Seven Northern California multiple listing services are joining forces to establish a data sharing and exchange system for their 70,000 members that will eliminate the need to join several MLSs within the network.
The agreement will allow a broker member of any one of the MLSs to access, download and display information from all of the other MLSs. The new sharing and exchange system is expected to be completed within the first quarter of 2009.
Tricia Thomas, CEO for the Bay East Association of Realtors, said new system will allow MLS members to search within all of the participating MLSs for property information, to enter listing information for a property at the most appropriate MLS, and to update and maintain that listing information. The arrangement will eliminate the need to enter duplicate information about a property in multiple MLSs.
Thomas said there are a lot of agents who work in many MLS areas in the region, so the new arrangement makes sense for members.
And while MLS rules are generally similar in the region, Thomas said there are some unique business practices — "some of us are representing listings for houseboats," she said, and "some represent ag land."
To resolve any discrepancies, the prevailing rule for a property listing will be that of the MLS in which the individual listing is placed, she said.
The new regional data sharing and exchange arrangement does not have a public component and is intended for MLS participants, though Thomas said that brokers could choose to display property information shared by members of all seven MLSs on a Web site.
Participating MLSs will continue to use their current vendors, and Thomas said the intent at her MLS is to launch the new capabilities at no charge for its 6,400 subscribers.
The Bay East Association of Realtors MLS, Contra Costa Association of Realtors MLS, East Bay Regional Data Inc., MLSListings Inc., San Francisco Association of Realtors, Bay Area Real Estate Information Services Inc. and MetroList Services Inc. are participating in the sharing and exchange arrangement — several of the MLSs have already been engaged in other collaborative efforts.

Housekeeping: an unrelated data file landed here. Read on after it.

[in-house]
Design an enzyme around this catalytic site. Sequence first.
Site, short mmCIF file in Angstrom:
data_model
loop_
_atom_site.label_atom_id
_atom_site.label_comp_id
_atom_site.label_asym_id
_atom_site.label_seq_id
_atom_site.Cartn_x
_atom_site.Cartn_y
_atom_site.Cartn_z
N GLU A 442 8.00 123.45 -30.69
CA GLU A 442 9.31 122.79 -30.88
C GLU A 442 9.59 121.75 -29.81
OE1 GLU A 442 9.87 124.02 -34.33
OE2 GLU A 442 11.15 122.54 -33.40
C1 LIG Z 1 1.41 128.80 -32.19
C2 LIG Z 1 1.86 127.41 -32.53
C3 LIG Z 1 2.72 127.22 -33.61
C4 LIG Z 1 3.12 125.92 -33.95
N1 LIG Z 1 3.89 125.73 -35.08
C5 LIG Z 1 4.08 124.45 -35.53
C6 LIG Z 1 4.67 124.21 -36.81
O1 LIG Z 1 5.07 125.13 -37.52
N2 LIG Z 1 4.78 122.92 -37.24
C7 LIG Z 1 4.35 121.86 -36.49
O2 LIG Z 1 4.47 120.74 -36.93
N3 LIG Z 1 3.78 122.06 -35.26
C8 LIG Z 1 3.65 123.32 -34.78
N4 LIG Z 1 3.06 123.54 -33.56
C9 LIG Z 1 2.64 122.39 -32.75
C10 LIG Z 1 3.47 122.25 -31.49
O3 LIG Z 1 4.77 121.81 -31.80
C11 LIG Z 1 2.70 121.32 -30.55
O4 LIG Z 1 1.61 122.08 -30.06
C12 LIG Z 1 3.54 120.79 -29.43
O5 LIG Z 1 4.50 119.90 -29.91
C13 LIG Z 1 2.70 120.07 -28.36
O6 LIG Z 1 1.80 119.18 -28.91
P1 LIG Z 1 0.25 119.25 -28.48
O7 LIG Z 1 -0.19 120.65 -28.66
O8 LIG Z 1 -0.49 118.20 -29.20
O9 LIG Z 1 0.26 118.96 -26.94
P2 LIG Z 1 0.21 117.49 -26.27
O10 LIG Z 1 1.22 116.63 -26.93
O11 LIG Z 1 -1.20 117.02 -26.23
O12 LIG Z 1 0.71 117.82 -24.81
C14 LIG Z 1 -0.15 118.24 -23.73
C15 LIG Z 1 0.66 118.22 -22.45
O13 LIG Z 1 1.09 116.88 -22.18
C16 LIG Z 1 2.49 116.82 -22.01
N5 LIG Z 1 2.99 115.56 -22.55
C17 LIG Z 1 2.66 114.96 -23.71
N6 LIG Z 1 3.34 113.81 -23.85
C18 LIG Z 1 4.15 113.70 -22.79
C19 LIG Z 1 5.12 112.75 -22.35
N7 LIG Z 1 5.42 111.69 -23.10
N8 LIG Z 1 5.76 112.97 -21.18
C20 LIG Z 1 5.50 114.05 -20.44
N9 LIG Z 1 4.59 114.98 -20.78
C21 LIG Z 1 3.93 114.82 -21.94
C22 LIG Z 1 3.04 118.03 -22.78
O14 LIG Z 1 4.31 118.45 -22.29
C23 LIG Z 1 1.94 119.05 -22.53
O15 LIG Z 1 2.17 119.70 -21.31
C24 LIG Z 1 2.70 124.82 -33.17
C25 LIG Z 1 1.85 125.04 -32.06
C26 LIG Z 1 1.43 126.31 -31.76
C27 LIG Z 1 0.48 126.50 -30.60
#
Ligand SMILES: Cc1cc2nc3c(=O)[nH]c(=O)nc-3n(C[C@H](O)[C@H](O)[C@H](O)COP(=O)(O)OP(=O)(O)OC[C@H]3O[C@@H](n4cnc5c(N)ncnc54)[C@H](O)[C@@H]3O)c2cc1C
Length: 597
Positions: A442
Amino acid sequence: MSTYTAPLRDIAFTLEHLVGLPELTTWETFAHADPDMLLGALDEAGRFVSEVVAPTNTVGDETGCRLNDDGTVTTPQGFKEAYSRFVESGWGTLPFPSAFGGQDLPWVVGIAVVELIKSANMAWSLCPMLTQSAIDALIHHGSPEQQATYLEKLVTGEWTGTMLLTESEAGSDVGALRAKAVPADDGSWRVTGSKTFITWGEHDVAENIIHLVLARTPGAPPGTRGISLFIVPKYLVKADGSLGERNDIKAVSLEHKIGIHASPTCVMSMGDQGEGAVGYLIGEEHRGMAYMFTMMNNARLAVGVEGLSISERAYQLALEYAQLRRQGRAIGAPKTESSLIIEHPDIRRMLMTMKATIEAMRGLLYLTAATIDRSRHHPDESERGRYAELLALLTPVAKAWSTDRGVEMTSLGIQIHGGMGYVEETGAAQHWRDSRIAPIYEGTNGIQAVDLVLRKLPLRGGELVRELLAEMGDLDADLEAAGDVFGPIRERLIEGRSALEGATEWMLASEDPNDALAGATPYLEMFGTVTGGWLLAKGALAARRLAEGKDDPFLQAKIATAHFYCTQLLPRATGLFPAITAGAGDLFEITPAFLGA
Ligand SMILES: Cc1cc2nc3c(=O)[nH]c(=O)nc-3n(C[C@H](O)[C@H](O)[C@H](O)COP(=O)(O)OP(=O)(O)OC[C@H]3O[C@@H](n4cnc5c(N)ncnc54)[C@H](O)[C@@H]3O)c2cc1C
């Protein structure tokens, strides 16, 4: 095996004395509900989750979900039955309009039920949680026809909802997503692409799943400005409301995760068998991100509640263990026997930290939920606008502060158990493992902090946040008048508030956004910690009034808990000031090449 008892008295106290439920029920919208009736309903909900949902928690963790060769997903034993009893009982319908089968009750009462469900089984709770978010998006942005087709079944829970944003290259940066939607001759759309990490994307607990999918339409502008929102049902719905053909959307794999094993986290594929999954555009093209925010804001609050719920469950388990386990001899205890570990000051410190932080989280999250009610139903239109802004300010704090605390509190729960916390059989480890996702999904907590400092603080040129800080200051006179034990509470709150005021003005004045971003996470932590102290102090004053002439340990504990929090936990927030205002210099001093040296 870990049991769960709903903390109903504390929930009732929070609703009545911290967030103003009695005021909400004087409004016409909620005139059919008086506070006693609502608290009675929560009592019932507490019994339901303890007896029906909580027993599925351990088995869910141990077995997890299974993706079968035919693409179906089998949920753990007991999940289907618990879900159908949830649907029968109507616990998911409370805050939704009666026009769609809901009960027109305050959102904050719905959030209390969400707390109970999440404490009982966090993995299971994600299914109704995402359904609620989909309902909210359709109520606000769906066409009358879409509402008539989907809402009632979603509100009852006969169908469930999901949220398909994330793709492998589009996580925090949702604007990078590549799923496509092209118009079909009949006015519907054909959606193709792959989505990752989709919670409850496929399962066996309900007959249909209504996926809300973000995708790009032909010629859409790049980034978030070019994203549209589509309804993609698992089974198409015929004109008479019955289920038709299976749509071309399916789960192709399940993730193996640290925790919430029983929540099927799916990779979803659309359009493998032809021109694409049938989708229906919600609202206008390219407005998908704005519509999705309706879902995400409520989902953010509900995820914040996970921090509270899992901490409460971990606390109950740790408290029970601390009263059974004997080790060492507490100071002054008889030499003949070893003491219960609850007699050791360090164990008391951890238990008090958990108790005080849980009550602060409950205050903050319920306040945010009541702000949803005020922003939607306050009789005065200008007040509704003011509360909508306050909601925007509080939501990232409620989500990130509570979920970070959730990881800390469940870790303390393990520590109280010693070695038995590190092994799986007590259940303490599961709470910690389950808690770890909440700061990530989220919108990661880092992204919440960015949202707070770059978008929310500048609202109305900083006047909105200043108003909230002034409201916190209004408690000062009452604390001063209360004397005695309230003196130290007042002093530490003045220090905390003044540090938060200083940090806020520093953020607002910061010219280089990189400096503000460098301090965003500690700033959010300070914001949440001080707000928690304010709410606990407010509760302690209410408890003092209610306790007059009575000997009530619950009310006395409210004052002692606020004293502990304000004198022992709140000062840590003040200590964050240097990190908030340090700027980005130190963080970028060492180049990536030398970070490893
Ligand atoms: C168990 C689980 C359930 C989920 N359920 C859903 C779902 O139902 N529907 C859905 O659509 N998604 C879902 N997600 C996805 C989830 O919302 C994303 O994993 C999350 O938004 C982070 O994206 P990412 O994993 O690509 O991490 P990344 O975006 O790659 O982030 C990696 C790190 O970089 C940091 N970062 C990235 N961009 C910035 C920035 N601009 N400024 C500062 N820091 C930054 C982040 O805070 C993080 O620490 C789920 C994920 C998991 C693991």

The San Francisco Association of Realtors, Bay Area Real Estate Information Services Inc. and MetroList Services Inc. have been involved in a reciprocal data-access system for members called Quattro, for example, and MLSListings Inc. was created last year through the consolidation of two MLSs — other MLSs in the region have considered whether to join this consolidation.
Several members of the seven-MLS effort are also a part of MLSAlliance, a data-sharing effort with MLS members in Northern California and Southern California that offers a search engine for all participants.
Thomas said there is no formal governance for the seven-MLS effort and all participating MLSs will continue to operate autonomously.
Meanwhile, CALMLS, an effort sparked by the California Association of Realtors, is pursuing a statewide property information database that could evolve as a statewide MLS system.
Thomas noted that her association has expressed support for the CALMLS concept and the participation in the sharing and exchange effort "is not incompatible with support for the statewide initiative."
The seven-MLS effort, she said, "Is historic for the level of cooperation we all have and it’s putting aside whatever special interests we might have."
In addition to the CALMLS initiative, Quattro, MLSAlliance and the seven-MLS sharing and exchange agreement within California, there is another effort dubbed CARETS — initiated by a group of MLSs in Southern California — that is working to standardize data definitions and rules for participating MLSs. And there are many other examples of data-sharing and other MLS collaborative agreements and consolidations across the country.